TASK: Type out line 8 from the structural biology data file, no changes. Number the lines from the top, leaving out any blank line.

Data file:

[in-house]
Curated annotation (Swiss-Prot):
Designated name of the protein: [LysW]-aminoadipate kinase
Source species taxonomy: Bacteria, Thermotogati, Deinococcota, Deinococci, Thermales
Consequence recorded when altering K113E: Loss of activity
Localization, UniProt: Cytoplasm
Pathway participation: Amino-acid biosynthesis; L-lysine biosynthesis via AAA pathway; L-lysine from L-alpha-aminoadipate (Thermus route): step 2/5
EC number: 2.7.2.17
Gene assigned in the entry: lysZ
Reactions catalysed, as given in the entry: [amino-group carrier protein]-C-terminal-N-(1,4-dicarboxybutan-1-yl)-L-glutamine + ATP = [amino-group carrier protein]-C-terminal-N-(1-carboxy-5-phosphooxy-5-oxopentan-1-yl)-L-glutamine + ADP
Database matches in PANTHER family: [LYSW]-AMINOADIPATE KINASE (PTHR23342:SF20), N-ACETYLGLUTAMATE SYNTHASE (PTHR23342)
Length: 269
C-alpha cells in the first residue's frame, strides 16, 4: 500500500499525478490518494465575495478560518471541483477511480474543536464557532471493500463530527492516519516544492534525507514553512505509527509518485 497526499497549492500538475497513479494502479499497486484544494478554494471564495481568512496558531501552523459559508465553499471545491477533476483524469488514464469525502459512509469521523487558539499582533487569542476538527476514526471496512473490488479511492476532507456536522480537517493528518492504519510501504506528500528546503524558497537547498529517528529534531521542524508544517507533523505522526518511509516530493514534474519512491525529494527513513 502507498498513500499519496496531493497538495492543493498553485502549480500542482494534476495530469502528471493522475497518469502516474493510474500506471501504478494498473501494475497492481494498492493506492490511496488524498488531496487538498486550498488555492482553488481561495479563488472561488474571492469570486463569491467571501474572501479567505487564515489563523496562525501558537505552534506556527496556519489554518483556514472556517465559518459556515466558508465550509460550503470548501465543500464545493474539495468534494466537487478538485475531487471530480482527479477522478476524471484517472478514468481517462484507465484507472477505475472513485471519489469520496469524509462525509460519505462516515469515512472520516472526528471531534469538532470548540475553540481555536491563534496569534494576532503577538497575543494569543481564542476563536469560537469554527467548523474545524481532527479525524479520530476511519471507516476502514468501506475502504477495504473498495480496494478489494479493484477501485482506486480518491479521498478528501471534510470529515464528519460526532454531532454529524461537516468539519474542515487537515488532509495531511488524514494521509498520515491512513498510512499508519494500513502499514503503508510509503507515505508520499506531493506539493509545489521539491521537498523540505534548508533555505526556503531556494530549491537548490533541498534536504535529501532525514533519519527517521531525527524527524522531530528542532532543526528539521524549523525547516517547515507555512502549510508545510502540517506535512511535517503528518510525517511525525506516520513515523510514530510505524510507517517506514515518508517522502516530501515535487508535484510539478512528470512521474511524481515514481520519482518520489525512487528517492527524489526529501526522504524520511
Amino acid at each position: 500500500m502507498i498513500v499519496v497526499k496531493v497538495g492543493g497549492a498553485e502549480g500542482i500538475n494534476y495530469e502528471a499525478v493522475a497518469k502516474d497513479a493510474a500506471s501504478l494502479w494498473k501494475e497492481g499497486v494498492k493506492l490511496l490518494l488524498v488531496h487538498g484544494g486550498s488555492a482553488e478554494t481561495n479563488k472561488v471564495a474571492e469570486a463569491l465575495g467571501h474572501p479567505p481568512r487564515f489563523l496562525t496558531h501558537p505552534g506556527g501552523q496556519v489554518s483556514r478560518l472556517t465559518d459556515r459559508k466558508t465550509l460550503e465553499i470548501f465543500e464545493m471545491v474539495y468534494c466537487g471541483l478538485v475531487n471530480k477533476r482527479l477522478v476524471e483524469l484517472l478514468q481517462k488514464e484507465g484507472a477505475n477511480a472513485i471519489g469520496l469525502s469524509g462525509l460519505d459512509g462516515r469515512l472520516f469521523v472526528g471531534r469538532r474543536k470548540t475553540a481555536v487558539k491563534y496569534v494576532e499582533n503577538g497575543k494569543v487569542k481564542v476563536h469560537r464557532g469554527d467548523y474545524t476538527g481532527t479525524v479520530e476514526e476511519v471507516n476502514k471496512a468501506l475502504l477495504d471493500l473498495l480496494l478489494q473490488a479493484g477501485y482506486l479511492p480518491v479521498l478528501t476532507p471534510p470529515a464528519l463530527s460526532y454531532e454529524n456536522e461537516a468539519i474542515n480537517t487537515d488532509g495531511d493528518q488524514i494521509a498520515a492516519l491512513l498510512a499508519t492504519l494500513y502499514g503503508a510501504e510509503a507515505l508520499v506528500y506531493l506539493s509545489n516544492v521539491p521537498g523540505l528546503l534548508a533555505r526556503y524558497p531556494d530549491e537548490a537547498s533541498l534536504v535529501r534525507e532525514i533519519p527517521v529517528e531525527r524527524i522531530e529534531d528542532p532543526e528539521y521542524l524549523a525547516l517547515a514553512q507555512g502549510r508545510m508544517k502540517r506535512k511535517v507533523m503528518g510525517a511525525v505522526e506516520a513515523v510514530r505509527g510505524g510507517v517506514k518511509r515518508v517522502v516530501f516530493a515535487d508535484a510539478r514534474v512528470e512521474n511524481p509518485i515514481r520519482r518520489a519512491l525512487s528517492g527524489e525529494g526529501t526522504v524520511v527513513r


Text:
EC number: 2.7.2.17